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For Many Type 1s, Fear of Hypoglycemia Prevents Exercise

Dec 8, 2008

The study members in the worst physical condition with the greatest fear of exercise were also those with the poorest understanding of how insulin works.

More than 60 percent of adults with type 1 diabetes are not physically active, according to a study in the November 2008 issue of Diabetes Care. Their reason is fear that exercise will bring on hypoglycemia, leading to such severe consequences as loss of consciousness or even death.

The study, conducted by the University of Montreal, asked 100 types 1s-50 men and 50 women-what were the barriers to their exercising regularly. Fear of hypoglycemia topped the list, followed by such concerns as interference with work and low levels of fitness.

Many type 1s have experienced numerous hypoglycemic episodes, occurrences that are frightening and potentially dangerous. Research indicates that as time goes on, people with type 1 often lose the ability to discern when they are suffering from low blood sugar (usually defined as 70 mg/dl or below).

The study, conducted by the University of Montreal, asked 100 types 1s-50 men and 50 women-what were the barriers to their exercising regularly. Fear of hypoglycemia topped the list, followed by such concerns as interference with work and low levels of fitness.

The researchers found that only 52 percent of the study group's members understood how the body metabolizes insulin. They were more likely to engage in regular exercise if they knew how to balance food and insulin intake to take into account the effects of vigorous exercise.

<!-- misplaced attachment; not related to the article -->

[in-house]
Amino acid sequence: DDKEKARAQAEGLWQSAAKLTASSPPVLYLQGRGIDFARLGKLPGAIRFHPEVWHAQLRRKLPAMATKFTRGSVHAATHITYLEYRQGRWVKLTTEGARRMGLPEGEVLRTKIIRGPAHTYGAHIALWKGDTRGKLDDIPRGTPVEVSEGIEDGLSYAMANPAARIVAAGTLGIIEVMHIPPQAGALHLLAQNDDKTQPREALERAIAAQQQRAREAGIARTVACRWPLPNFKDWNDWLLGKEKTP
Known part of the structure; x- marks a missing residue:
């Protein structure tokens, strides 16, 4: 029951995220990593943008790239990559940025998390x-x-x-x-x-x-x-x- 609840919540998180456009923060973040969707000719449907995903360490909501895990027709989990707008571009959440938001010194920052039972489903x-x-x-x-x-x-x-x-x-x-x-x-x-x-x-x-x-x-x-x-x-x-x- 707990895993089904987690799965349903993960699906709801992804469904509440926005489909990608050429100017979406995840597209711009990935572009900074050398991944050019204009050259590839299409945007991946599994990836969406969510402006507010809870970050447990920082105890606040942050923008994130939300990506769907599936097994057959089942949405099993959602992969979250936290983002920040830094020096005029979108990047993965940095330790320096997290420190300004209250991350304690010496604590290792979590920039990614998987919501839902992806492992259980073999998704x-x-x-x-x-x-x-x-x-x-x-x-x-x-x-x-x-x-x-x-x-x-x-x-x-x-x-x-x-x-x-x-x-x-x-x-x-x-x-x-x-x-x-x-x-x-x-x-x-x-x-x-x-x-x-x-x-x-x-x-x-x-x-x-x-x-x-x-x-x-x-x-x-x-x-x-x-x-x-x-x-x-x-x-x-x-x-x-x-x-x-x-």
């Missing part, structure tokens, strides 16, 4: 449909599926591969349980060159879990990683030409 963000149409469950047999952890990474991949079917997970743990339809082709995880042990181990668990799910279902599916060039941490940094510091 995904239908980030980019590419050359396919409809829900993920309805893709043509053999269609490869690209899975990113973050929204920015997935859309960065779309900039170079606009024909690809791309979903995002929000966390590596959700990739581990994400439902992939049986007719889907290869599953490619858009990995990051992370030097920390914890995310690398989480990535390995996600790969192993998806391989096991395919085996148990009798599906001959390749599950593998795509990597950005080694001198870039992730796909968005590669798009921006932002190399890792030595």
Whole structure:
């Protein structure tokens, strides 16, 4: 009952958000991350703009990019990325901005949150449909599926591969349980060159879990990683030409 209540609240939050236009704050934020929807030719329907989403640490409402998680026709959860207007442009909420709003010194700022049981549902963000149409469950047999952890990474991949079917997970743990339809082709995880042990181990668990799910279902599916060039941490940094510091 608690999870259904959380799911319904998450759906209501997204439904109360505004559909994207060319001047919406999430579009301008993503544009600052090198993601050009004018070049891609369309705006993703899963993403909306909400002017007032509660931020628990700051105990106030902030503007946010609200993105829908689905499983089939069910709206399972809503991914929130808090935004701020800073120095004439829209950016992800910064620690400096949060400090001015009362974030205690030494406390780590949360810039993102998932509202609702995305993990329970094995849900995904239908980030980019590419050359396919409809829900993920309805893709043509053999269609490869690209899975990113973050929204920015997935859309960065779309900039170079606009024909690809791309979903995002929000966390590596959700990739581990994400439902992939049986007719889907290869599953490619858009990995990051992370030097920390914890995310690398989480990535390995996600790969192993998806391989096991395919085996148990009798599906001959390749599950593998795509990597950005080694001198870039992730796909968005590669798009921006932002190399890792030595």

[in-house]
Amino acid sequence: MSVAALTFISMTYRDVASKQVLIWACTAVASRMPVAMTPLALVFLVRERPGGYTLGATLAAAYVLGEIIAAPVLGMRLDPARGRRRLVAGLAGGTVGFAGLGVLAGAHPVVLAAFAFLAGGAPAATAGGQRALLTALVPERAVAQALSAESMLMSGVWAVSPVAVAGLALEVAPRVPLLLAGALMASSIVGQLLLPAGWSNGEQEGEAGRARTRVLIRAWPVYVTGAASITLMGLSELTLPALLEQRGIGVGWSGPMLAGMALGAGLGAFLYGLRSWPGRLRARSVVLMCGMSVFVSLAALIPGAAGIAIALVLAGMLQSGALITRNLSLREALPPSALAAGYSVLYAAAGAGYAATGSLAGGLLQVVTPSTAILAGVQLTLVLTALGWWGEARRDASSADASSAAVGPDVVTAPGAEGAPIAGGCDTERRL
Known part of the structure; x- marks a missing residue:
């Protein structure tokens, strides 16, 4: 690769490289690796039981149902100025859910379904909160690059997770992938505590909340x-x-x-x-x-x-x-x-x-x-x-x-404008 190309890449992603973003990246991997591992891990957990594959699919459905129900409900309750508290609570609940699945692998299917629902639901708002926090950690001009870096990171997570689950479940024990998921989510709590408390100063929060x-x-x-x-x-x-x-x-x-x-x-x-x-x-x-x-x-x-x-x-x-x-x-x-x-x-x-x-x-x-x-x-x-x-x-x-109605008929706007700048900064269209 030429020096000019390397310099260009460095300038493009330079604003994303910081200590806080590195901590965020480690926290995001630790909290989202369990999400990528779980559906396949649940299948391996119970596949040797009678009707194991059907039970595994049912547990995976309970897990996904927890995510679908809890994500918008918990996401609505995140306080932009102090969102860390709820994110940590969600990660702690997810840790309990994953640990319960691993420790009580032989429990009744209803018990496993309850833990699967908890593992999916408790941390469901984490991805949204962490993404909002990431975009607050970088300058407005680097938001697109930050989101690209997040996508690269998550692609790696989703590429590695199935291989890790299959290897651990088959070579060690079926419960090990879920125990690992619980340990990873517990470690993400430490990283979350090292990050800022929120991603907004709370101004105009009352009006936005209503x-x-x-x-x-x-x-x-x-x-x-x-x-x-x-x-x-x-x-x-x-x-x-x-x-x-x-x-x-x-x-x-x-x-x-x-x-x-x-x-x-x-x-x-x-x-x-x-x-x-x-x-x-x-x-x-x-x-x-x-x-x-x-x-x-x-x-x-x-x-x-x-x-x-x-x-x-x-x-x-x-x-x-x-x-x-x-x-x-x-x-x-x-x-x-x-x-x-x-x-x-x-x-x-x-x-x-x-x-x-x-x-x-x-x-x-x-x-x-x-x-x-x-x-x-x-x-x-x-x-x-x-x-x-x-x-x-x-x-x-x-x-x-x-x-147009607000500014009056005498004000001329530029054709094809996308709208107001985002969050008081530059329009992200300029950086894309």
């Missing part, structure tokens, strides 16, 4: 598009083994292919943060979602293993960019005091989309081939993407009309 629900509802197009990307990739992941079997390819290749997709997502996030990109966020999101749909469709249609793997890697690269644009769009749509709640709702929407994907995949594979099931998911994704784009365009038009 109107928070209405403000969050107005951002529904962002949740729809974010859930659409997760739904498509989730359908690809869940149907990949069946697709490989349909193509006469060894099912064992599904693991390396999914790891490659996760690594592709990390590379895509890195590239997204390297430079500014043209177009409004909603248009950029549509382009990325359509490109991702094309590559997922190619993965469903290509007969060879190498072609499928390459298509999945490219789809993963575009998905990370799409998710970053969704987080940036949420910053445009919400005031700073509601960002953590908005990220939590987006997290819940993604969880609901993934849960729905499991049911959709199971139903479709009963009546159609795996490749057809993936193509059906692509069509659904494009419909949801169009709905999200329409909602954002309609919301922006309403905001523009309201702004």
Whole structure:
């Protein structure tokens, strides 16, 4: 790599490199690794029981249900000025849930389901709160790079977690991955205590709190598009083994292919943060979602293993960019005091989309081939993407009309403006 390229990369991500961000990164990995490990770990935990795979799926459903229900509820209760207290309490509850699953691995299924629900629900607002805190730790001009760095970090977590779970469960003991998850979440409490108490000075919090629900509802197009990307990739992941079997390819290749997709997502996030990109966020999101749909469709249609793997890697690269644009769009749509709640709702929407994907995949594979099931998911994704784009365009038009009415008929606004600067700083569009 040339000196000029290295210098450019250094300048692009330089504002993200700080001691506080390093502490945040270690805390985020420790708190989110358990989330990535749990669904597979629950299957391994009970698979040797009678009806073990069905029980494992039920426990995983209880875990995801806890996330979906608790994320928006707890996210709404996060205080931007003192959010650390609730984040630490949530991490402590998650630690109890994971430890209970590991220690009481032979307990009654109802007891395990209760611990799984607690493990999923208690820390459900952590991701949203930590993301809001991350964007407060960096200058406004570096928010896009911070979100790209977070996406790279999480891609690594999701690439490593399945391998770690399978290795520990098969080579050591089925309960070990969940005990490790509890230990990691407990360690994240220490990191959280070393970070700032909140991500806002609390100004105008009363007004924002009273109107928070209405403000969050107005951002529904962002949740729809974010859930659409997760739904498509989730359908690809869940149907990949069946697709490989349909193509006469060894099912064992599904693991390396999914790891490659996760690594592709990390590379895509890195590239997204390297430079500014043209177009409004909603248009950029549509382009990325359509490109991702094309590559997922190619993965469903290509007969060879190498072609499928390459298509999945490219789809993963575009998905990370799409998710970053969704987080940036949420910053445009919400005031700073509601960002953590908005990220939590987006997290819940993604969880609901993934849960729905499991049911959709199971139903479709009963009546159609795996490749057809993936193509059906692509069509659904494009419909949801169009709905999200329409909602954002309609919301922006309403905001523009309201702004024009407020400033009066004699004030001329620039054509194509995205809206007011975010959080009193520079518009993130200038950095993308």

The study members in the worst physical condition with the greatest fear of exercise were also those with the poorest understanding of how insulin works. 

The study concluded that education programs aimed at type 1s need to clearly show how to balance insulin and food intake in a way that allows type 1s to exercise without running a high risk of hypoglycemia.

For more on athletes and diabetes, read about Dr. Sheri Colberg's book.

Enter "athlete" into Diabetes Health's search box, and you'll find many articles on famous athletes with diabetes, such as Broncos QB Jay Cutler and Mr. Natural Universe Doug Burns.


Categories: Blood Sugar, Case Studies, Diabetes, Diabetes, Exercise, Food, Insulin, Low Blood Sugar, Type 1 Issues



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Comments

Posted by Florian on 9 December 2008

I would suggest that anyone with diabetes who wants to start exercising to complete the 3 legged stool of diabetes management, medication, diet, and exercise that they join the Diabetes Exercise and Sports Association. As a member of DESA they can get expert help and advice from people with diabetes who are doing all kinds of exercises and sports. You can learn how to control blood sugar and manage diabetes to reduce the risk of hypoglycemia during and after exercise.

Posted by olefart on 23 May 2009

I was diagnosed type 1 at age 45. I still have my job as a finisher/hand trimmer in a stone quarry. Its a lot of manual labor but I manage to keep my bs at 110 and have a a1c of 6.1.


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